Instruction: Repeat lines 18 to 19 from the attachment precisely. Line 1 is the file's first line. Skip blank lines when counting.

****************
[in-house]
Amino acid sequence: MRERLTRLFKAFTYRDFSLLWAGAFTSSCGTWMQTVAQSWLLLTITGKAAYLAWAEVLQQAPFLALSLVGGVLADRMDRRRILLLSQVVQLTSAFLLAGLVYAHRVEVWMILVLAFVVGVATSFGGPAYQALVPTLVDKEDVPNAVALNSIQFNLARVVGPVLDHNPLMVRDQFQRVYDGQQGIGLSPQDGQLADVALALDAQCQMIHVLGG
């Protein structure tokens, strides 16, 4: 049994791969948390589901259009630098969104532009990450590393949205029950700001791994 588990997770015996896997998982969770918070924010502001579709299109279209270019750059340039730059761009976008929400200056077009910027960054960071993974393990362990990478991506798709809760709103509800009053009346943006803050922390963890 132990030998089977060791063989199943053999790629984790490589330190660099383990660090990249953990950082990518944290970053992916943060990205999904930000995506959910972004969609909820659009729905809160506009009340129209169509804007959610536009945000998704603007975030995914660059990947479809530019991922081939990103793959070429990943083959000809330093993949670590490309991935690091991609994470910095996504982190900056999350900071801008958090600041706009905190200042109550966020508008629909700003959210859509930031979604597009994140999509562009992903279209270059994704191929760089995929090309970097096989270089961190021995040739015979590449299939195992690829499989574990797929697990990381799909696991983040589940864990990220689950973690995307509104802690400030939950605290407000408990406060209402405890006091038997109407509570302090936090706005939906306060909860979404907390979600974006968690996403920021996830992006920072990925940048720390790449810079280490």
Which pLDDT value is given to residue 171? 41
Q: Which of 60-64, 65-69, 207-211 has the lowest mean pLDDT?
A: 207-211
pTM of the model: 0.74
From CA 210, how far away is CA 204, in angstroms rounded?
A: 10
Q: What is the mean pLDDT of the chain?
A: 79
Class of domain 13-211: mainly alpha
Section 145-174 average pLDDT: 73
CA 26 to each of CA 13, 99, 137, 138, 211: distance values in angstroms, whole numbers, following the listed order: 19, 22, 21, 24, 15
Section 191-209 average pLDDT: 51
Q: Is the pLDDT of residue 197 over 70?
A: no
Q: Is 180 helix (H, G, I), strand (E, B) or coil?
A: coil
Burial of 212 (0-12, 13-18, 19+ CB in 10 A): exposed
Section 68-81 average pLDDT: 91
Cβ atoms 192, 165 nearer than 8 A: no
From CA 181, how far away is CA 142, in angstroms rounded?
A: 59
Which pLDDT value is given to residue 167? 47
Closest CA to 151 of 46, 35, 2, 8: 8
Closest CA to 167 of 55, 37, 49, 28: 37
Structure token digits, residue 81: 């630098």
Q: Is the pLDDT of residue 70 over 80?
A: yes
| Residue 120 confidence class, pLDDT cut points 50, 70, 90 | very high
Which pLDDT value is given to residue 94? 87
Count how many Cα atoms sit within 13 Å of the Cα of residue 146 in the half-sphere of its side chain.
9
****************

Q: Is 180 helix (H, G, I), strand (E, B) or coil?
A: coil